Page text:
‘Hope Operas’ Week One at the Comedy Spot


Back in the ‘30s they called ‘em Cliffhangers. They were weekly serials that played before a main feature at the movies. They turned into serials, first on the radio and then on television evolving into the prime time episodic programs and daytime soap operas we watch now. This month you can see them live onstage as Hope Operas, DC’s only serialized theatre festival, kicks off its sixth season of “doing good by doing theatre” with the theme “District of the Damned”! Hope Operas consists of five shows that will play out episodically over the four Mondays in October with each show benefitting a local nonprofit. At the end of the night the audience votes for their favorite show and the moneys raised by Hope Operas will be distributed to the nonprofits according to how well their benefactor show did in the vote.

District of the Damned banner

Last Monday was Episode One of all five shows and opening the evening was Hell is on the Red Line, a musical that’s title is not just metaphorical, written and directed by Kathleen Akerley and Seamus Miller (who also appears as a hilarious mashup of Rob Lowe and Che Guevara). The basic story is Donna (Mary Myers) and Beatrice (Caitlin Shea) are returning home from a date on the red line. We are serenaded with a song about the all too relatable woes of the red line which will seem like small potatoes by the end of the episode. Donna Maas accompanies live on keyboard as well as playing a variety of metro passengers. Hell is on the Red Line benefits The Interplay Company Band at the Strathmore who are an orchestra comprised of adults with cognitive disabilities who get the opportunity to play alongside senior high school, college and professional musicians.

(l to r) Caitlin Shea (Beatrice), Seamus Miller (All Souls), Mary Myers (Donna).  Photo by Rob Parrish
(l to r) Caitlin Shea (Beatrice), Seamus Miller (All Souls), and Mary Myers (Donna). Photo by Rob Parrish.

Next up was The Scottish Detective, a murder mystery written by Steve Custer and Devin Gaither and directed by Adam R. Adkins. This show is one big theatrical wink and nudge as Detective ‘Mac’ Beth (Russell Silber) is called out to investigate the murder of the actress playing Ophelia in a local production of Hamlet. The cast has a great time chewing scenery as a collection of superstitious theatre stereotypes. The Scottish Detective benefits Hayden’s Heroes who raise awareness and fund for research to find a cure for Histiocytosis, a rare disease that causes organ damage and tumor formation.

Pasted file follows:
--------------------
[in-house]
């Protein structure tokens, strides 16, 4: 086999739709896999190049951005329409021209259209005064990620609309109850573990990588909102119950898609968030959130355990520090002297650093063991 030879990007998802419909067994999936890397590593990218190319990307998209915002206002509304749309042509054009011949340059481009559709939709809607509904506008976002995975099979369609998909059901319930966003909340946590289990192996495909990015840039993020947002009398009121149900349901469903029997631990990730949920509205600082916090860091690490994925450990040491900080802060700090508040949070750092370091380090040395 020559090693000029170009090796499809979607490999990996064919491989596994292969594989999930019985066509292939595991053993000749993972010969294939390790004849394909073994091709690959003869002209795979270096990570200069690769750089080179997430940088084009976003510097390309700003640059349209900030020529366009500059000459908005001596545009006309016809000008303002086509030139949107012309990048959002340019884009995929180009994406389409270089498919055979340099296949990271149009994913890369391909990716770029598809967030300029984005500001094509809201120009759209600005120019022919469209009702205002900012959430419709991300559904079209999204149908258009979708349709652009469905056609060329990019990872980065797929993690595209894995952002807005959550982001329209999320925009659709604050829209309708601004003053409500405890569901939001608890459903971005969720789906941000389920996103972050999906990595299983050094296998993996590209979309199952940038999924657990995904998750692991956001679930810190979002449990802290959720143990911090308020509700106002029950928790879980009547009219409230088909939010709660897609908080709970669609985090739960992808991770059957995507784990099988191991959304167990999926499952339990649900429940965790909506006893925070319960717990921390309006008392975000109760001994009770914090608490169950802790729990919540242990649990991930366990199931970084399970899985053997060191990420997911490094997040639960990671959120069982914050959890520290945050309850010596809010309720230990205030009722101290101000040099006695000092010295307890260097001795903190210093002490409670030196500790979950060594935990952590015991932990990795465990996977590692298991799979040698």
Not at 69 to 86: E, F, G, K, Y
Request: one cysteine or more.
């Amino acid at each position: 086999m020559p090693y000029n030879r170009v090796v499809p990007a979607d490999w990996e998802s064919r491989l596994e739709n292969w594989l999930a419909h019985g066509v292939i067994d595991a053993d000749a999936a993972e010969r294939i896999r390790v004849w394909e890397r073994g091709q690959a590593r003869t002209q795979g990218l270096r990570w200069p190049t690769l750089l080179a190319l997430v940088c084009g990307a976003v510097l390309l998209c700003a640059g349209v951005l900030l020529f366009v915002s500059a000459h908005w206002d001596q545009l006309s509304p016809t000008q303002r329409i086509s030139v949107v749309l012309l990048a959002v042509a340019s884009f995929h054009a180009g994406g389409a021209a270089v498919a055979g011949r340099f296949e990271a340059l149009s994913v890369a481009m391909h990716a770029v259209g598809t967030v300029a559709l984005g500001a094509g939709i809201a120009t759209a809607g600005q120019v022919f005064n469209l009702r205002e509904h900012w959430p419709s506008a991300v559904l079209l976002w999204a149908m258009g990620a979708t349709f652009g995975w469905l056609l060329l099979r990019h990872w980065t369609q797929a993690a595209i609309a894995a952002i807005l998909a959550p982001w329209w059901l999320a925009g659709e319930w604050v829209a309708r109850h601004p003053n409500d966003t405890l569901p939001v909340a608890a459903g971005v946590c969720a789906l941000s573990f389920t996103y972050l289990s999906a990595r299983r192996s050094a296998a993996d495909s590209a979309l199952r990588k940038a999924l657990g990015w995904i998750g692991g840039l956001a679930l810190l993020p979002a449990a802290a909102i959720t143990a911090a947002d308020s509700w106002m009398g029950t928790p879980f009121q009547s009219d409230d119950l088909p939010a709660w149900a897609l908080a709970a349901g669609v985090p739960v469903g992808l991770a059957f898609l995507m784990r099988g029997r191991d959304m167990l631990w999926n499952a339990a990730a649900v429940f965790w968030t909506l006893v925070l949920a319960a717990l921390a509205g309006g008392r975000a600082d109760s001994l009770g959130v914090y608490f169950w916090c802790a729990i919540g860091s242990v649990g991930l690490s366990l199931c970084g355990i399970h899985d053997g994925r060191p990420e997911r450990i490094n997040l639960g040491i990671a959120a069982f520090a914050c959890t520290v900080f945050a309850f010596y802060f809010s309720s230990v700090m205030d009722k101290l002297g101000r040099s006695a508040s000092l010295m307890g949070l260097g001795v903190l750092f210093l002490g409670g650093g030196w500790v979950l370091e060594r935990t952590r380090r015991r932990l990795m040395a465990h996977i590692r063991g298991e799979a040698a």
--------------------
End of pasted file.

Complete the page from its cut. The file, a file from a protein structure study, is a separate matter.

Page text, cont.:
Russel Silber (Det. Mac Beth), Devin Gaither.  Photo by Shelley Shearer.
Russel Silber (Det. Mac Beth), and Devin Gaither. Photo by Shelley Shearer.

Magic Cupcakes is written by Andrew Lloyd Baughman and directed by Hope Operas’ new managing artistic director, Amy Baska. Miss Amelia (Ashley Byrd) and Miss Leslie (Laura Fontaine) are a pair of enchantresses who run a cupcake shop in, ahem, Georgetown, where they sell out by 10:30 every morning. As is so often the case, Satan (Patrick Graham) is behind their success and has come to collect a human sacrifice. Luckily for Miss Amelia and Miss Leslie they have a plethora of potentials with lonely widow Mrs. Gill (Mary Suib), smarmy politico Sterling Harrison III (the always hilarious and elastic-faced Matt Baughman) and blackmailing brownie, Bonnie (Angeleaza Anderson). Magic Cupcakes benefits So Others Might Eat, an interfaith, community-based organization that offers a comprehensive and holistic approach to caring for the homeless in DC.

Laura Fontaine (Miss Leslie) and Matt Baughman (Sterling Harrison III).  Photo by Shelley Shearer.
Laura Fontaine (Miss Leslie) and Matt Baughman (Sterling Harrison III). Photo by Shelley Shearer.

The InTell Heart is a bit of political intrigue by Kristy Simmons and directed by Catherine Aselford. Senator Vestible (a devious Terence Aselford) has hired a programmer to send a signal through people’s devices to scramble their brains and help him win the election. Pamela Leahigh is spot on as his foil, the all-business Senator Foyer. The InTell Heart benefits The Freedom to Read Foundation who fight censorship and defend the First Amendment in libraries and beyond.

Alexis Graves (Ariana), Karen Elle (Kassie).  Photo by Rob Parrish.
Alexis Graves (Ariana), Karen Elle (Kassie). Photo by Rob Parrish.

The Curious Case of Veronica Pepperpot by Danny Pushkin and directed by Lynn Sharp Spears warns us what could happen should the Cthulhu come to DC. Veronica (Kristin Pilgrim) is having a hard time convincing the police that her place was burglarized by a tentacled alien god and his followers. The Curious Case … benefits The Magnet School and Orphanage in Kenya.

Kristin Pilgrim (Veronica Pepperpot), Kyle McGruther(Dirk).
Kristin Pilgrim (Veronica Pepperpot) and Kyle McGruther (Dirk). Photo by Rob Parrish.

Hope Operas is a super fun evening and a great way to check out new theatre works while supporting awesome nonprofits. These folks are truly “doing good by doing theatre.” Don’t worry if you’ve missed an episode, each evening stands on its own as well as there being a “previously on” recap for each show.

Hope Operas plays Monday nights at 8:00 pm through October 27, 2014 at the Comedy Spot in Ballston Commons Mall – 4238 Wilson Boulevard, in Arlington, VA. Tickets are available at the door.

Hope Operas’ website.


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